of James and Rosanna (Cutler) Cady, of Killingly, and a granddaughter
of Joseph Cady, of Killingly, the Cadys being one of the old families.
She was born in Killingly, Feb. 9, 1801, and died June 10, 1893,
at the ripe age of ninety-two years. Two children came to Mr. and
Mrs. Day: Louisa Elizabeth, born May 11, 1836, and David Elmer, born
Dec. 21, 1838. The latter, who died Nov. 21, 1900, is buried in the
same cemetery as his father, and at the time of his death was engaged
in farming the old homestead, being a hard-working man, highly respected.
In his politics he was a Republican, and in all the relations of
life he endeavored to live up to the teaching of the Golden Rule.
David Day, the father, participated in the war of 1812, and was at
New London. In his political faith he was a Whig, and upon the formation
of the party became a stanch Republican. He was a consistent
MISS LOUIS E. DAY, the last of her family, is a lady highly respected by all who know her. While she still retains her home in Thompson, having a life interest in the old home, in which she has spent her life, she spends her summers at different pleasant resorts on the coast. Miss Day understands thoroughly the management of her large wealth, and, having made safe and wise investments, she can rest secure in the enjoyment of her ample income. A kind-hearted lady, her charities are many, but she is one of those who prefer to give in secret and not to sound her benefactions to the world, and her friends are many, for she possesses the virtues which attract people to her and inspire affection.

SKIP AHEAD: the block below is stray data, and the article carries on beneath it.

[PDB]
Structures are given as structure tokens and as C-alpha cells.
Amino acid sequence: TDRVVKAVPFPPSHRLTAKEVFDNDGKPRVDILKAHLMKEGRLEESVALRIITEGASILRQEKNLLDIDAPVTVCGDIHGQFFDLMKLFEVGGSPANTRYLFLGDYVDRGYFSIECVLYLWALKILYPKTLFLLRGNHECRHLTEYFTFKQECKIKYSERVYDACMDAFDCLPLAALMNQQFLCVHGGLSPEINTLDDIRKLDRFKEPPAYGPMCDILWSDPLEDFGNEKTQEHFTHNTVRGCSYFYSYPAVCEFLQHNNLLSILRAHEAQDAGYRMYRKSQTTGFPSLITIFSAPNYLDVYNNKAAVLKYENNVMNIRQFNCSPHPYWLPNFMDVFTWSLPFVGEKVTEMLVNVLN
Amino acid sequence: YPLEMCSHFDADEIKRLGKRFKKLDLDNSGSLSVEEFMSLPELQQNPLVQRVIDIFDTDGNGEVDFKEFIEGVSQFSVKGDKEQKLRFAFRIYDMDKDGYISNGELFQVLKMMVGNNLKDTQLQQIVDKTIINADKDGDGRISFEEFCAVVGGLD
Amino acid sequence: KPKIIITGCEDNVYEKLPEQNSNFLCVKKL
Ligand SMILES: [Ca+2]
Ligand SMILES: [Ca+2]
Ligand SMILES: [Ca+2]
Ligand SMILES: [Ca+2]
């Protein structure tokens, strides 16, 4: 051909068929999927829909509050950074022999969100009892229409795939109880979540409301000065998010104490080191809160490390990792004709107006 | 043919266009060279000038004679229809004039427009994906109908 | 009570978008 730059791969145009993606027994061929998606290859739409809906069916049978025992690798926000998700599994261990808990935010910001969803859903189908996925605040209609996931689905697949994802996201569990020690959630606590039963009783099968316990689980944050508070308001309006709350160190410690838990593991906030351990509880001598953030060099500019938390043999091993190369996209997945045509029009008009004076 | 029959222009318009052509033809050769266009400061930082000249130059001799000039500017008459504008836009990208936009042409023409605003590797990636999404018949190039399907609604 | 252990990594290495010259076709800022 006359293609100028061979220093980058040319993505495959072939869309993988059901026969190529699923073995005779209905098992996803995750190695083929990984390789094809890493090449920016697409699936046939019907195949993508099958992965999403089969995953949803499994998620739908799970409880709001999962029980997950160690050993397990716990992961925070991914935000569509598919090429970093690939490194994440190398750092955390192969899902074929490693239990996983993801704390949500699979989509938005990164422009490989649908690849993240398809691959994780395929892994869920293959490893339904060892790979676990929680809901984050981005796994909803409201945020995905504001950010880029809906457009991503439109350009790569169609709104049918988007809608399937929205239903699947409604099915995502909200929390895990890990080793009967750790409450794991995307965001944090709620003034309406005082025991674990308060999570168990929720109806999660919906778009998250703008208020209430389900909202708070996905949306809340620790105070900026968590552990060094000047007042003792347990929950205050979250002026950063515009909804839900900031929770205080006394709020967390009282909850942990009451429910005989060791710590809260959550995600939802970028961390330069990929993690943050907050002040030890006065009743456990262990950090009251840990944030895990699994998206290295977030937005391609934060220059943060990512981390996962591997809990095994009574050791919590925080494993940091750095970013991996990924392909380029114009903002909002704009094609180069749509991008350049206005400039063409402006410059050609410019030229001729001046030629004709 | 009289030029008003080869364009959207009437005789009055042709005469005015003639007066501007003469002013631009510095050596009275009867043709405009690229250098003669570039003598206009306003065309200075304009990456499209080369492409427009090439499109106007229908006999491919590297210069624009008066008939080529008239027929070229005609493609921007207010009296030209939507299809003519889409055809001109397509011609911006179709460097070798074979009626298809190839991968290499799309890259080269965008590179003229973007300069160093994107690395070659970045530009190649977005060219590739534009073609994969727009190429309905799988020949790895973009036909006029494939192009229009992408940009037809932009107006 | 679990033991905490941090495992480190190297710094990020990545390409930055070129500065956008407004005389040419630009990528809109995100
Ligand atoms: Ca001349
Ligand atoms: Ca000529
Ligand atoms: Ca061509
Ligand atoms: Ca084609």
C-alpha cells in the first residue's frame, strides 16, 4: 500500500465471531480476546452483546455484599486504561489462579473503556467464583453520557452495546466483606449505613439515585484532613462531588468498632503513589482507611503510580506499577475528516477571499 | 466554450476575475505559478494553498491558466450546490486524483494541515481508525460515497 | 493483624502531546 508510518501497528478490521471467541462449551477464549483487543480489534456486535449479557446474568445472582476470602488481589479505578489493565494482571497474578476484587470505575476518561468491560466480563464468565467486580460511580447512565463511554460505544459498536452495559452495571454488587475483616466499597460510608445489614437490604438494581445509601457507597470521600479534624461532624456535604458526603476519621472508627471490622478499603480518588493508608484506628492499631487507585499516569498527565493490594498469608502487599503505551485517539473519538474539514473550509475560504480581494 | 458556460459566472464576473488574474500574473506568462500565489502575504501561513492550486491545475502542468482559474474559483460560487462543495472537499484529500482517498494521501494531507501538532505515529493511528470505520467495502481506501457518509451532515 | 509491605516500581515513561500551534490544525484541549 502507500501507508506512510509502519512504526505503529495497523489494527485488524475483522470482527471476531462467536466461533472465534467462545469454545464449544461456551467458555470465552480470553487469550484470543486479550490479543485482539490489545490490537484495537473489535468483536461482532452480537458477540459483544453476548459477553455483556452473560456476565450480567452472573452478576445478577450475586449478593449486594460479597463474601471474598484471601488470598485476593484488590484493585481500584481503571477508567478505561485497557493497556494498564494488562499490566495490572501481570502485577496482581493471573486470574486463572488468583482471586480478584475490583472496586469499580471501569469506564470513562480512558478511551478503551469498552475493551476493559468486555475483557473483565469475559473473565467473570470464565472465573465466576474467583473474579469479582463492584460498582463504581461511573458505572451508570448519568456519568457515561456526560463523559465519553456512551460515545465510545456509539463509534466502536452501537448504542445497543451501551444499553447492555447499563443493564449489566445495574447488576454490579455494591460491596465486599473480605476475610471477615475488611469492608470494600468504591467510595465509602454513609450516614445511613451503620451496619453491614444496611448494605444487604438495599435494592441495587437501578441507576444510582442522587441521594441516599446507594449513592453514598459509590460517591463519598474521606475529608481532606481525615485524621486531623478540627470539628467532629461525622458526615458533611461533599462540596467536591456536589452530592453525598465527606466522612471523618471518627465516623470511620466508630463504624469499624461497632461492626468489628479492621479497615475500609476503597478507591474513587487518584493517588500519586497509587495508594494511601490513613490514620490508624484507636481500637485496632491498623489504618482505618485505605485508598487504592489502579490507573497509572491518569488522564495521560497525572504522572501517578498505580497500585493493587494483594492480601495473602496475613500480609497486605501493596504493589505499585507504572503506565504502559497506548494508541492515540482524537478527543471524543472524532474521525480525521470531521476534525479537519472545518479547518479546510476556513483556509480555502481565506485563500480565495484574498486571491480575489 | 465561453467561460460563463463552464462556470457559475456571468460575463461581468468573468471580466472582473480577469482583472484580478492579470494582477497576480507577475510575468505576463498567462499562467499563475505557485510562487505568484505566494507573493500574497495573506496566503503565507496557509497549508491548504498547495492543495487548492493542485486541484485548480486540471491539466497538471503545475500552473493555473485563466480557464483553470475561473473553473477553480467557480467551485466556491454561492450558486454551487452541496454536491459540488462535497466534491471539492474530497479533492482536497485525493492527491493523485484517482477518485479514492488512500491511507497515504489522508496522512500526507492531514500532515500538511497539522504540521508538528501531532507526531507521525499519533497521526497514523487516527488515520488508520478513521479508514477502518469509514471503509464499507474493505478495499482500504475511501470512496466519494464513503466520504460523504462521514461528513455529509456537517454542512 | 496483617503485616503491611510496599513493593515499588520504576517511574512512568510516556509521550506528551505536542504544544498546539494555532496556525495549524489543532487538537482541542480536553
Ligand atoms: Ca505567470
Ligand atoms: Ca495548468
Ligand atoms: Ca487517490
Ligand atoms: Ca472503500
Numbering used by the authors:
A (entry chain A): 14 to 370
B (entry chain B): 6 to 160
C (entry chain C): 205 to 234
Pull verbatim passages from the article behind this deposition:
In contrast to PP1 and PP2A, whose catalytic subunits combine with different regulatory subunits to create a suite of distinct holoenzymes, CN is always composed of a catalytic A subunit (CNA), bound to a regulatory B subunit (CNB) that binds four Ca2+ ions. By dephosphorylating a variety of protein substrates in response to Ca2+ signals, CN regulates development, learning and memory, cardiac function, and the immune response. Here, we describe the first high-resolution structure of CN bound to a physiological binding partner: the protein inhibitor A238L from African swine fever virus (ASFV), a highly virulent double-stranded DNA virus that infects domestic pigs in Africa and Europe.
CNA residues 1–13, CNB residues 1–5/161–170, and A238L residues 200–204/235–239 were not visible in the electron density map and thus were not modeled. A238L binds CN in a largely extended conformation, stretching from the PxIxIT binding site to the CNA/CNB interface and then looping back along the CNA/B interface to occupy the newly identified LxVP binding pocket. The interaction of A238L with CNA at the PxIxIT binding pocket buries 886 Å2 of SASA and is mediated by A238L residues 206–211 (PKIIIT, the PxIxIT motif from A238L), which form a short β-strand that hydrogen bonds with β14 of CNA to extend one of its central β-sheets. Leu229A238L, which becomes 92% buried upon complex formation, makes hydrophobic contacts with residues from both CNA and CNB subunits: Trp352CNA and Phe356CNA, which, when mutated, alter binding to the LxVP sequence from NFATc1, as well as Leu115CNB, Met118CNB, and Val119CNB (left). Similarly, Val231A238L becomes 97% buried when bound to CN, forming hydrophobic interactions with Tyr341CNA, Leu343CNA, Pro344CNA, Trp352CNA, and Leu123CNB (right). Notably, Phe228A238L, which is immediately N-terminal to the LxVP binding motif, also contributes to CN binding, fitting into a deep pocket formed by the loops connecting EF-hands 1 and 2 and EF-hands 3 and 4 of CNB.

Linda D. Pingel great-great granddaughter of Cyrus White of Rockville, Ct.